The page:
then tie it off.  Did I mention it is best to use button/upholstery thread?  I love the stuff!  So much, in fact, that I have used about 4 spools this year, and have not a stitch left.  I was, however, very pleasantly surprised that my guttermann thread, doubled, was strong enough to only have one thread break in all 11 cake makings.
Now for the bottom plate...Use that saucer from the first picture, lay it upside down on doubled felt, and cut around it with your rotary cutter.  A simple blanket or whip stitch will look great.  Feeling lazy, just sew around it on your sewing machine, but loosen your pressure foot pressure because this felt is lofty and will stretch and ripple if you sew it regularly.

This is where we need to talk about size of your plate.  The plate I chose was fine, but after I did one plate, I decided it was too big.
Exhibit A
The 7" plate

Exhibit B
After I cut another 1/2 off the rim of my pattern-I think it looks WAY better.  Of course I didn't re-do the first one!  These cakes are for 2yr olds!  They won't care.  This is just another obsessive-compulsive moment.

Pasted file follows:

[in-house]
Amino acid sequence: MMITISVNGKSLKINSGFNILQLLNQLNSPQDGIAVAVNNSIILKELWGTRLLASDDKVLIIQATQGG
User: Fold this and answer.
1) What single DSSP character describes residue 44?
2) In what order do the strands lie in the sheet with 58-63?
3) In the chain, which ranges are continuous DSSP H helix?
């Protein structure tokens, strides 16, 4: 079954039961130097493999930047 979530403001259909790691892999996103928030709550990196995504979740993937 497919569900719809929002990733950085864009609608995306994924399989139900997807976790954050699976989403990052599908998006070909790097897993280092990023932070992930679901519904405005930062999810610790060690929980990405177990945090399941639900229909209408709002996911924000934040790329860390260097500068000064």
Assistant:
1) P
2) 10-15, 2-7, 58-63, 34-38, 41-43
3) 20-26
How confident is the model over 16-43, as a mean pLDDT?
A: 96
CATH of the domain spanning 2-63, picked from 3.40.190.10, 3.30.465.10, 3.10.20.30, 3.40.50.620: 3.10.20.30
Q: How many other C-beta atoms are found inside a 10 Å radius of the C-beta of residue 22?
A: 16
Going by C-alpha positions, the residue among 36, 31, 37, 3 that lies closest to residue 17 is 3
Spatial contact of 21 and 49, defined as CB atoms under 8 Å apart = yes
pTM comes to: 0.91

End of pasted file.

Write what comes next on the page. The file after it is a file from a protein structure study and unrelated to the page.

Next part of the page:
Stitch that cake to the plate and take a coke break before it's time to make dinner.  Whew!  You deserve an award if you finished reading those instructions, let alone, making a cake.  It is more work to read about it than it is to make one.  It is really rather pleasing.  Be prepared for it to take some time, but it is really a lot of fun.

Tomorrow, the frosting!!!


  1. Wow!That was SOOOO cute!Loved it!

  2. How cute! I thought it was a real cake!

  3. Vanessa, this is just darling!!! I'm definitely bookmarking it. I thought it was real at first, too! LOVE the frosting.

    Thank you so so much for the award. It is so flattering. I will be trying to get together a little post soon, but I'm a bit slow. :)

    Have an awesome weekend!!

  4. Just wanted to let you know what fun it was to read your cake tutorial! Reading on your blog is like talking to my sister... we both have our "squirrel" moments, but then we get back on topic, and everyone is the wiser and richer in trivia than they they ever knew they needed to be. ;-D
    I have been having a bit of felty fun myself, lately, as i am in the midst of making an entertainment center-cum-play kitchen for my grandkids, and of COURSE they NEED to be properly stocked in such felty goodness.
    I am going to post the play kitchen soon, as i am doing the final painting today. (Trim, put in the picture for the window, screw everything back on... you know the drill....) Anyway, loved your blog, and feel free to visit mine, if you want. ~ http://www.redhead83402.blogspot.com